Living in a quaint Minneapolis neighborhood has its charms: chummy potlucks, Craftsman bungalows, and plenty of farmers markets, just to name a few. But when it comes to growing crops, challenges abound. Although I haven’t had my backyard soil tested, some of my neighbors have, and the results aren’t great. Like many urban areas, heavy metal and arsenic levels present here would turn edible gardening into a health gamble. So, I decided to make the most of my small space and create some raised beds, aiming for high efficiency when it comes to watering. Here are the steps that took me from backyard to mini-farm:
Building equipment: When choosing lumber, keep in mind that you’ll need what’s appropriate for growing food (if you are) and surviving multiple seasons of use. Here’s what I used:
- Cedar planks
- Smaller wood pieces, if using as braces
- Cordless drill
- Circular saw or table saw
- Tape measure
- Wood screws
- Corrugated, perforated drain pipe
- Thick black plastic sheeting
- Fabric/greenhouse staples
If you want to go the extra mile and also create a hoop structure over the beds, add these:
- 1/2-inch PVC pipe (quantity depends on project, we did three)
- 1-inch PVC pipe to act as holders for the hoops
- 1 1/4-inch short PVC pipe for watering
- PVC galvanized brackets
Figure out exactly where you want the raised bed, and how big it’s going to be. Take your time on this one because, once it’s built and filled with soil, it will be tough to move. Assemble your tools, and go shopping for the stuff you don’t have lying around, like the corrugated pipe or PVC brackets (and if you have those types of items on hand, please move into the house next to me).
Also, determine if you want an irrigation system at the bottom — we wanted to cover the existing yard space with plastic and put in pipes so that plants could get water from the roots as well as from the soil surface. If you want raised beds without this system, you get to skip the irrigation strategies, and your beds will be shorter in depth than ours, as a result.
Lay out your bed in a rough configuration of where you want them. Our beds are 10 feet long and 4 feet wide. We chose that size because we wanted to be able to plant and harvest from both sides. The depth is 10 inches, to accommodate the irrigation pipes and 6 inches of root space. We used four 2×6 planks and four 2×4 planks, and then pieced them together with the shorter brackets.
Because we wanted to hoop the beds for colder days (this is Minnesota, after all), and cut down on direct sun during warmer days, we went with a simple PVC structure. Cut down your long, largest pipe into smaller sections, and then secure them with galvanized brackets. These will act as holders for each hoop segment.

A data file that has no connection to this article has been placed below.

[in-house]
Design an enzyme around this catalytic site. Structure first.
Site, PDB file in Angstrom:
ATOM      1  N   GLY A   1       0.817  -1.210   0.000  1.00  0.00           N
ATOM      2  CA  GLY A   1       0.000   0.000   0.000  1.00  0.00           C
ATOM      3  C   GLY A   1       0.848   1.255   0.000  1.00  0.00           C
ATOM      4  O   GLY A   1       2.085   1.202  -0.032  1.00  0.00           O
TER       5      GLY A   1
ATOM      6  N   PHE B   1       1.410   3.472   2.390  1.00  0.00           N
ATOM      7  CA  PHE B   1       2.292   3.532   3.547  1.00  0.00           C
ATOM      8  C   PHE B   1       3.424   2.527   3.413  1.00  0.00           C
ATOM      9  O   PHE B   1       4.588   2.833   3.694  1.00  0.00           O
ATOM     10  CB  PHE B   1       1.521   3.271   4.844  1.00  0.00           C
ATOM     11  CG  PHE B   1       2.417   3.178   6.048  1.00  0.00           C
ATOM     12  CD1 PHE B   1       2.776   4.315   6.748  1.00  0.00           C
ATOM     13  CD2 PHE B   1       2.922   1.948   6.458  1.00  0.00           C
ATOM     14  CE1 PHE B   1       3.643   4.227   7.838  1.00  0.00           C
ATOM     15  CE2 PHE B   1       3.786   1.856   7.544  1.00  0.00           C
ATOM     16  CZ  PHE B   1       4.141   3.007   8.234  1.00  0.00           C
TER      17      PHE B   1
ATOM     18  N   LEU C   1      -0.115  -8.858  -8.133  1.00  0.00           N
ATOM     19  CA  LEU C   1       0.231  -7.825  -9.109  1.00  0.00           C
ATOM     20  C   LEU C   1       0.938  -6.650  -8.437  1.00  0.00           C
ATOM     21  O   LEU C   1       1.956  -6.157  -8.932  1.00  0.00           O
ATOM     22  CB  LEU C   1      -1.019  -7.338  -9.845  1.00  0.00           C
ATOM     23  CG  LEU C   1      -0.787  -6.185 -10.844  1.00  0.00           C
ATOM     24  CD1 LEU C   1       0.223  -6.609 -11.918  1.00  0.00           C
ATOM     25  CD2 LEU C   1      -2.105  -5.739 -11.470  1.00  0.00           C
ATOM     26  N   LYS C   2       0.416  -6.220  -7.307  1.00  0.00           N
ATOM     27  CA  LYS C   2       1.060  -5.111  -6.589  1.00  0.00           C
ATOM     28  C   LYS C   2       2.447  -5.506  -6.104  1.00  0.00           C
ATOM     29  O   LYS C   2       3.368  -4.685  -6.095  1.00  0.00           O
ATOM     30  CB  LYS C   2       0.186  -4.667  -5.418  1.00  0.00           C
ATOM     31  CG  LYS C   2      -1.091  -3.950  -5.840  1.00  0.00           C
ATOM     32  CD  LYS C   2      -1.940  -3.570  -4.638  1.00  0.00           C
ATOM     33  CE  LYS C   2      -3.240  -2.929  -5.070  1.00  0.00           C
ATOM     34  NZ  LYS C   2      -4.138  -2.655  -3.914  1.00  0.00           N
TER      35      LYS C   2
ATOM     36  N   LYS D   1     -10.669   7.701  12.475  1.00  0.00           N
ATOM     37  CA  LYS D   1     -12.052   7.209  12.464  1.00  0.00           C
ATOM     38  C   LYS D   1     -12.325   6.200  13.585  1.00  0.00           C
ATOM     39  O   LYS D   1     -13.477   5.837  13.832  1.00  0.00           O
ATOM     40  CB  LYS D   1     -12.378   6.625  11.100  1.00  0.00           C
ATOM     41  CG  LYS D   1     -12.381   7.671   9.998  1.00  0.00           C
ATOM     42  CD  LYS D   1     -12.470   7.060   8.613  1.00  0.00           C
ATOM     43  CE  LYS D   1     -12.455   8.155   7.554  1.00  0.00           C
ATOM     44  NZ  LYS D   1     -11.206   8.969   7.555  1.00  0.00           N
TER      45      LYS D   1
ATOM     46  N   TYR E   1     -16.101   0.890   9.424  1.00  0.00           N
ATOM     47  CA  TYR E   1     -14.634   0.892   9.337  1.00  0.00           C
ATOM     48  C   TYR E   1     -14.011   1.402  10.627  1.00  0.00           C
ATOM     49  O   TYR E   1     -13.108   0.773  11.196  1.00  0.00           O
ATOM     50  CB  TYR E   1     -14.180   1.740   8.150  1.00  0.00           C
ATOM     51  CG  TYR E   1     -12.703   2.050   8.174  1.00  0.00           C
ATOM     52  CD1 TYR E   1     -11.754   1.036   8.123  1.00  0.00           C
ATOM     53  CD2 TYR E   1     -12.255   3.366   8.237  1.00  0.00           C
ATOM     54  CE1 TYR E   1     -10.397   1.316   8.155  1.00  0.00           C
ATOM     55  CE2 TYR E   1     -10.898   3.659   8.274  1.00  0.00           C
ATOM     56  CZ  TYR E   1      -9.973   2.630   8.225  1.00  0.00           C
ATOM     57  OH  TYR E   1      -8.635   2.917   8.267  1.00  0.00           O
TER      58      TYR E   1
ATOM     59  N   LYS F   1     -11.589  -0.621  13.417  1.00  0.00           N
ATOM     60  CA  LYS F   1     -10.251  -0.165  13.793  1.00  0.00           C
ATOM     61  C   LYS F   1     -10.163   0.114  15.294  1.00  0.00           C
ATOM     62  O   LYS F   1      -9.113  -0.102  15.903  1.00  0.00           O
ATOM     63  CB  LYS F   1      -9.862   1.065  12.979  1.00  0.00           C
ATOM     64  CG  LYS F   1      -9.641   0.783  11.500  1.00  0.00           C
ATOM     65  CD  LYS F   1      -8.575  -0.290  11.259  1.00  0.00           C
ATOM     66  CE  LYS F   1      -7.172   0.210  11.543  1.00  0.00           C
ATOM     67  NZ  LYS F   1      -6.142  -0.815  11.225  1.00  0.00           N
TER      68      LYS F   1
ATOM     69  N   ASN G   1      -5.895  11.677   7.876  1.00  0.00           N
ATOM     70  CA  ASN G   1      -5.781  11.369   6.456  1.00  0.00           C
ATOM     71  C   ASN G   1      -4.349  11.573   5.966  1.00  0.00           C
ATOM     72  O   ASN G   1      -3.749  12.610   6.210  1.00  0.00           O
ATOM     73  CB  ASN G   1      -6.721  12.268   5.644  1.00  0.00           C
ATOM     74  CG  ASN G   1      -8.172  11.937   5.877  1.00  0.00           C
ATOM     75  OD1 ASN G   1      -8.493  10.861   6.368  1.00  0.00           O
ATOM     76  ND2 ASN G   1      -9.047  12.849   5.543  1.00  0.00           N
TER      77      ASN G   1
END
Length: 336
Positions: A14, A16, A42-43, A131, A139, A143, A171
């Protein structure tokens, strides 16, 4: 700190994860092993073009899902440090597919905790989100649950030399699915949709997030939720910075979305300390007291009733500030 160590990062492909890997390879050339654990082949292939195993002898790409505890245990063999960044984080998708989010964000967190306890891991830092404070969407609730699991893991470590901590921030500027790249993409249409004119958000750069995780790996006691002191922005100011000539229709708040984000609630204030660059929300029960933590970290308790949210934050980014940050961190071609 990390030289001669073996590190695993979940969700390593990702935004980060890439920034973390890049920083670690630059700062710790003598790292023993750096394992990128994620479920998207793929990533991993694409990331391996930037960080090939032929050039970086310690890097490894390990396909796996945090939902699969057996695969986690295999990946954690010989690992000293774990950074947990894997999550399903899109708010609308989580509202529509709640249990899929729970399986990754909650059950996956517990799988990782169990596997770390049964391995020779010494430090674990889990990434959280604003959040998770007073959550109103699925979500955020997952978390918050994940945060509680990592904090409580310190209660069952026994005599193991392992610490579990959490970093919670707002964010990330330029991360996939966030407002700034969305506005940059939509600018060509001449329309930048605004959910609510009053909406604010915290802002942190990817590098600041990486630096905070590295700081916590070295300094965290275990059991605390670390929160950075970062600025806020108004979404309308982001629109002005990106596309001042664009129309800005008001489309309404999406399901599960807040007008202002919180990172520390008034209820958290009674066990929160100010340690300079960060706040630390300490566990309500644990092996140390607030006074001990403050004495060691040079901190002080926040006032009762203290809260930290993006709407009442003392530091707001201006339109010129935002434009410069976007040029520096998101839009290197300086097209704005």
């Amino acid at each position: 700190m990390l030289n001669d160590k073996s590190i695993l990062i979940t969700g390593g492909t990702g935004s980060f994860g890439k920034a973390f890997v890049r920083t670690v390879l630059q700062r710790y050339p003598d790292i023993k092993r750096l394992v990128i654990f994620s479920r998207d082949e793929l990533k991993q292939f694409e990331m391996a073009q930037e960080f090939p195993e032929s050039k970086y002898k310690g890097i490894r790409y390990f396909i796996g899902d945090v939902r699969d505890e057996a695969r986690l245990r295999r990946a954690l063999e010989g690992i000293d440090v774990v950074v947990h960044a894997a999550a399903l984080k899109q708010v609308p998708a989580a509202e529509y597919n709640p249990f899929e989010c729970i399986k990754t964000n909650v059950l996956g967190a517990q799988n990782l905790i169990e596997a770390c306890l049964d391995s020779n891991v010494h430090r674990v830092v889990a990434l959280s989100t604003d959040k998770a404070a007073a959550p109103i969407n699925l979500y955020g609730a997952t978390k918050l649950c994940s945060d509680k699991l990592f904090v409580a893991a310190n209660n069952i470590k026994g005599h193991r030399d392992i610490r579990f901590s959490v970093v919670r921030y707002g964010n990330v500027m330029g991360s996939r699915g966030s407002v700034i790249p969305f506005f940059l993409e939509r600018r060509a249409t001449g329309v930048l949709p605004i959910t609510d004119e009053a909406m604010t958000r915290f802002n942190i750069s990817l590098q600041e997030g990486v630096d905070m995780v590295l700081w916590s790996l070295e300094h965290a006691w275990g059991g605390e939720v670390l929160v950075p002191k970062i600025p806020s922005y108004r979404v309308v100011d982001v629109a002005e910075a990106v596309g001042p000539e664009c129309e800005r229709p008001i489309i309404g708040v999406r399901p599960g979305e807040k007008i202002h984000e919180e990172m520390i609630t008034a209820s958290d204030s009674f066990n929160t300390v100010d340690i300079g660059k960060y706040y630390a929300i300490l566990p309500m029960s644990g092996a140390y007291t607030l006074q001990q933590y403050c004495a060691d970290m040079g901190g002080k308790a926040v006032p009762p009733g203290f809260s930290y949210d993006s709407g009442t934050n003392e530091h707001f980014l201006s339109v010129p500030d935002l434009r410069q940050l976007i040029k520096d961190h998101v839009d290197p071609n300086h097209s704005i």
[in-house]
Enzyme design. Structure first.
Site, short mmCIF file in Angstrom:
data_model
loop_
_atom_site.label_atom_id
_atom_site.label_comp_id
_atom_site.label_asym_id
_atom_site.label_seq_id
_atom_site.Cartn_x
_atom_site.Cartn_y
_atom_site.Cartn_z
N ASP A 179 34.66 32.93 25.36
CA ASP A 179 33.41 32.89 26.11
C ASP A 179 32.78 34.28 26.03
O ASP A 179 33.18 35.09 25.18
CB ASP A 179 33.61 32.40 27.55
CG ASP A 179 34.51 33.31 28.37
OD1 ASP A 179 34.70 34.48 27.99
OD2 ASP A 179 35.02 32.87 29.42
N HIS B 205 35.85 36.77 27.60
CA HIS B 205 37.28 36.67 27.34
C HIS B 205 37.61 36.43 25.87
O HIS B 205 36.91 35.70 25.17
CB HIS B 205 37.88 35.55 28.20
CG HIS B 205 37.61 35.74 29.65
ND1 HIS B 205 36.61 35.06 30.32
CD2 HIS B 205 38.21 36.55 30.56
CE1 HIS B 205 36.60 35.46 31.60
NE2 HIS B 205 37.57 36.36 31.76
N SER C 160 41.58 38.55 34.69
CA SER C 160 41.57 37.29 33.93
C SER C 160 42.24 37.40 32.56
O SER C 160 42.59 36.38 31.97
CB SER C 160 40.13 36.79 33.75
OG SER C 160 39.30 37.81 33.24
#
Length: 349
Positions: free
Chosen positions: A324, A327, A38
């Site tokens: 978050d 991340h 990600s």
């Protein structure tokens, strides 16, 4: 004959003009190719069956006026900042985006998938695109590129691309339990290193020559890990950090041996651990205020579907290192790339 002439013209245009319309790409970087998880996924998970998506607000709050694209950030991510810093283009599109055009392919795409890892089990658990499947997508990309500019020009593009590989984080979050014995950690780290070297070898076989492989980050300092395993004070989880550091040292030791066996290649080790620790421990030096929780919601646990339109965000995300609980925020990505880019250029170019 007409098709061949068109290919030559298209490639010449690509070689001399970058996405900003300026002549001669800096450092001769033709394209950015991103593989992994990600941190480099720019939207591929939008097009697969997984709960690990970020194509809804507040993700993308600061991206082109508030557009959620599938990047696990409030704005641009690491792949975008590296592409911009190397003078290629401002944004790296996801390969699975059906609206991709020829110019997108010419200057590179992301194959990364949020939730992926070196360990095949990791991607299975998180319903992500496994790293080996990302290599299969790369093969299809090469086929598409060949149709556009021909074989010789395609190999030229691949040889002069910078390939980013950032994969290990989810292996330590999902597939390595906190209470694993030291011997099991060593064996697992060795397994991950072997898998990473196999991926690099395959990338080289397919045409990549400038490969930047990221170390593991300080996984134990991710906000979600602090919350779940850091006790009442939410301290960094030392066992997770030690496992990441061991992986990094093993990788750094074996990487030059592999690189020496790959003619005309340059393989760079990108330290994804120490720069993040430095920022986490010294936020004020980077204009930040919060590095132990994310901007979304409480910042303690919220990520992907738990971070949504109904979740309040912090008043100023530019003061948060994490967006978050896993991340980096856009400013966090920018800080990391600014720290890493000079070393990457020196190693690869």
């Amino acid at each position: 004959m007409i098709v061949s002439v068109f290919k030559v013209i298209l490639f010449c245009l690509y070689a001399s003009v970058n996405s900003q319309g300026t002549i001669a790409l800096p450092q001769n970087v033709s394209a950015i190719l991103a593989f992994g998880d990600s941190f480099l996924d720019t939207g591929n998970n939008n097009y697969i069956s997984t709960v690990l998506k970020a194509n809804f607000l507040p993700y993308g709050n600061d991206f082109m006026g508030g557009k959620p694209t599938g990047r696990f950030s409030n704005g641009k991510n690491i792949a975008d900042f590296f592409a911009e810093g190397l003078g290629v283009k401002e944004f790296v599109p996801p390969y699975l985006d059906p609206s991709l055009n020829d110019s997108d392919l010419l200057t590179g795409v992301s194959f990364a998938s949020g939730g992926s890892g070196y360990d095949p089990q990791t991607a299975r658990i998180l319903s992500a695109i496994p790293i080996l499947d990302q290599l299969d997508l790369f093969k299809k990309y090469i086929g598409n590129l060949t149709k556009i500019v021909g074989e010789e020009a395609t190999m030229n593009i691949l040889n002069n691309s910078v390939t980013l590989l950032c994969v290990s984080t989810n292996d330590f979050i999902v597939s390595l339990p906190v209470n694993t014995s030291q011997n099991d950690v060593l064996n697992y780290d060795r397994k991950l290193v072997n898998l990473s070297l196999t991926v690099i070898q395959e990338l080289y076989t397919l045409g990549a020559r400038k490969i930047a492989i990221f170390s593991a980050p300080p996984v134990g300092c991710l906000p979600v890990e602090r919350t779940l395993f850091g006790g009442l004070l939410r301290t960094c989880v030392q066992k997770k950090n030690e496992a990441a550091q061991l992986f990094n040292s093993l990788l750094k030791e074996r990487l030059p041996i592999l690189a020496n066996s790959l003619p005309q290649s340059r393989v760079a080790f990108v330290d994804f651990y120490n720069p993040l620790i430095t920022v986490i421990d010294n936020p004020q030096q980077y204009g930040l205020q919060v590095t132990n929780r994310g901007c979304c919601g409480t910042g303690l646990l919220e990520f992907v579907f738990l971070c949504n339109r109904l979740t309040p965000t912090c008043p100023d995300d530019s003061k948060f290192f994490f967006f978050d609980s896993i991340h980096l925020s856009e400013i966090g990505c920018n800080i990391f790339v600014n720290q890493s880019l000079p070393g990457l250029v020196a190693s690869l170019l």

Drill a guide hole first and then use the screws. Whenever we tried to skip this step, our cordless drill expressed its unhappiness by stripping the screw heads. Secure the bed together with screws. This tends to make the structure sturdier than using nails.
Take your smaller PVC pipe, insert one end into the PVC bracketing, and then bend the pipe over into the bracket on the other side. Be sure to have a very strong grip on the pipe because it can snap back on you if you let it go. If this happens, believe me, the bruise can be very colorful.
At this point, you can choose to fill the raised bed with soil and congratulate yourself for an expert DIY job. Or, if you’re going for the irrigation system, lay down the thick plastic sheeting inside the bed. This eliminates weeds from growing into your new bed, and also creates an effective water/oxygen reservoir. Drape the sheeting over the sides of the bed by a few inches and secure the corner and sides on the inside with fabric/greenhouse staples for a tighter fit.
Put down a thin layer of soil. This will help to hold the drain tubes into place.
Cut the corrugated, perforated plastic drain pipe so that four sections fit inside the beds, on top of the sheeting. We used a quirky power tool, a Black & Decker Alligator, and it worked very well, but you could also do the job with a handsaw, circular saw or table saw. Drill or cut a hole in one of the sections and put a 1 1/4-inch PVC tube halfway into the pipe. It should be tall enough for convenient watering, sticking out a few inches above the planting surface. This will allow you to fill the pipe once the soil is in place.
Fill the beds with soil and smooth it out evenly over the drain tubes and the bed. Stand back and admire your work — invite a few neighbors over to marvel at the precision, maybe. Then, do some planting.
Water seeds from the top, but also make sure to regularly fill the drain tube. Although it might seem strange that you only fill one tube to get irrigation to the entire bed, it really does work. To keep out bugs and protect plants from chilly nights, we put re-lay fabric/row covering over the hoops and secured them with small clamps — potato-chip-bag clips work sometimes, too, or binder clips.
That’s it … the raised beds look good, and make the most of our small backyard. Plus, with the irrigation system, they tend to use less water than our other plants. Happy building!